“It was so cool to see so many people that wanted to make a change and make it better,” Scheidt said.  

Scheidt said trees and plants have transformed the neighborhood.

“You can smell the lavender. There's tons of lavender … beautiful. It just completely softened the entire landscape, changed it completely,” she said.   

It looks pretty wild for a business district. The McKinley Depave project managers chose fast-growing ground cover and tall grasses to anchor the soil. There are Austrian pines, sumac and red oak trees — kind of all jumbled together.

But Carey, the urban forester, said the new plants are cooling things down, at least a little bit. It’ll get even better, he said, if the people who put them in keep taking care of them.

“Yeah, it is a little chaotic-looking. But, you know, it's one of those things that I've come to love,” Carey said.

Carey said Tacoma has supported similar projects in other neighborhoods. The city also provides incentives and free trees to homeowners to help increase the urban canopy. Tacoma officials want to reach 30 percent coverage by 2030. They’re at 20 percent now – the lowest in the Puget Sound region.

Tacoma has just developed a tree equity map within its urban forestry program, to help the city better understand where increasing the canopy can have the greatest impact.

The goal in King County is planting and preserving 3 million trees over the next five years. Its climate planning efforts go back decades. You can find evidence in places you wouldn’t expect.

In South Park, Rivercity SkatePark recently celebrated the grand opening of a new skate plaza, art wall and rain gardens. Kim Schwarzkopf helped make it happen. She said the planners have always considered the environment.

IMG_1676.jpg
Bellamy Pailthorp
Trees surround Rivercity Skatepark in South Park. When organizers created the skate area 15 years ago, they wanted to make sure the spot off Highway 99 had plenty of green to offset the concrete structures.

"It's super important to us. We're building these concrete structures, but we're also keeping in mind, like, how to keep it green as well. So we planted most of the trees that you see here,” Schwarzkopf said. 

That was 15 years ago. Now, evergreens surround this colorful skate park alongside Highway 99.

“They're pretty tall now. They're probably like 20, 30 feet maybe, and in a prime skating area, actually. But we decided it was important to keep those big trees for the shade,” Schwarzkopf said. 

Next to a wall covered with climbing vines, Janelle Fontilea enjoyed the party. She lives in Federal Way but grew up in South Park. She remembers raising money to create a safe place for young skaters like herself – and all the planting they did.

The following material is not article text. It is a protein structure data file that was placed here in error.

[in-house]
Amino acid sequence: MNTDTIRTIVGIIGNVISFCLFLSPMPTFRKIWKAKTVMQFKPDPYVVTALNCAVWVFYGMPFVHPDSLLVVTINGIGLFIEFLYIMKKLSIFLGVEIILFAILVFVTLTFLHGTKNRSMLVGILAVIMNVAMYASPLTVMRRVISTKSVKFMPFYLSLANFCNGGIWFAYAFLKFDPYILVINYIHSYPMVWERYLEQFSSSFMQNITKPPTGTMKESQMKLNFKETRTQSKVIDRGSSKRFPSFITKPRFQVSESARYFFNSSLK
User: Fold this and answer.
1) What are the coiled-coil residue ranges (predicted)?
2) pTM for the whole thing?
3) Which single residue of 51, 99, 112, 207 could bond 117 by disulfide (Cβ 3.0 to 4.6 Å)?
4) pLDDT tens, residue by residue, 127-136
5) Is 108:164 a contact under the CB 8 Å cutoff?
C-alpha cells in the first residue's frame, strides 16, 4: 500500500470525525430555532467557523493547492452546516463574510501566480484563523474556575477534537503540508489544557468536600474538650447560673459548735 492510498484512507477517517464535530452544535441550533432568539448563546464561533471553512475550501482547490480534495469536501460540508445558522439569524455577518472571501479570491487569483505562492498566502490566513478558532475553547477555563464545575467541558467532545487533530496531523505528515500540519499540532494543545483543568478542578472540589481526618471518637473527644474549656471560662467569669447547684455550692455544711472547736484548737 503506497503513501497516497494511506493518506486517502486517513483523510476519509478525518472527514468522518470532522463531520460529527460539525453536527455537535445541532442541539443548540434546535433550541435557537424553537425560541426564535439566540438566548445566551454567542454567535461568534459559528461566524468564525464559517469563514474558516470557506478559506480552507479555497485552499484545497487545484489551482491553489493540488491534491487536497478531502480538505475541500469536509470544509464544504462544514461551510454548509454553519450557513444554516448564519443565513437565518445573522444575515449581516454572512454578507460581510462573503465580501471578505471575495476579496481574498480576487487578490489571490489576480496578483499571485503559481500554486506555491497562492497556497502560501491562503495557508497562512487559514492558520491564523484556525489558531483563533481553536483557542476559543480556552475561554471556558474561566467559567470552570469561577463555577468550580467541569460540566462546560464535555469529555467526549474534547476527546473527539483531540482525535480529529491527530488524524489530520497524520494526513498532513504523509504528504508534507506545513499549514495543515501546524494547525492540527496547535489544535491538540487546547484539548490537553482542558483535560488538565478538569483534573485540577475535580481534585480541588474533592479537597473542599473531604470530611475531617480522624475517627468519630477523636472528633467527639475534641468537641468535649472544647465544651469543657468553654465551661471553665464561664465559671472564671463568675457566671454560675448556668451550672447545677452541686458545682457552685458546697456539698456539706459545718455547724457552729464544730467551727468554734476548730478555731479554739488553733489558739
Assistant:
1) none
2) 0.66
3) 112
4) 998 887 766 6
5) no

It's just what South Park does,” Fontilea said in a recent interview. 

Fontilea said people here try to improve things for the future and pass along shared values. She lived through the June heat wave without air conditioning. That got her thinking about climate change.

I'm a firm believer that trees help with the environment and cooling the earth down,” she said. “It'd be awesome to have some nice shade over our skate park, and the trees will definitely do that.”

We know we need more trees. But even in places like King County and Tacoma, where authorities have ambitious goals for the canopy, planting and preserving enough of them is an uphill battle.

Whitely Binder with King County’s climate action team said she hopes people don’t see the heat dome event as a freak of nature.

“Even though we know we're vulnerable to heat — to have the level of mortality, to see the level of infrastructure damage, to see the way our emergency medical system was struggling to keep up with the inflow of patients — it really drives home the fact that we need to be ready,” she said.

Whether it happens again this summer — or 10 years from now.

HEATED, Part 1: A deadly message for a region unprepared for earth’s rising temperatures

HEATED, Part 2: 'This is likely to be a deadly threat': What can we do to survive the next heat wave?

Corrected: September 2, 2021 at 1:02 PM PDT
1:01 p.m. Sept. 2: The credit information on the main image with this story has been updated.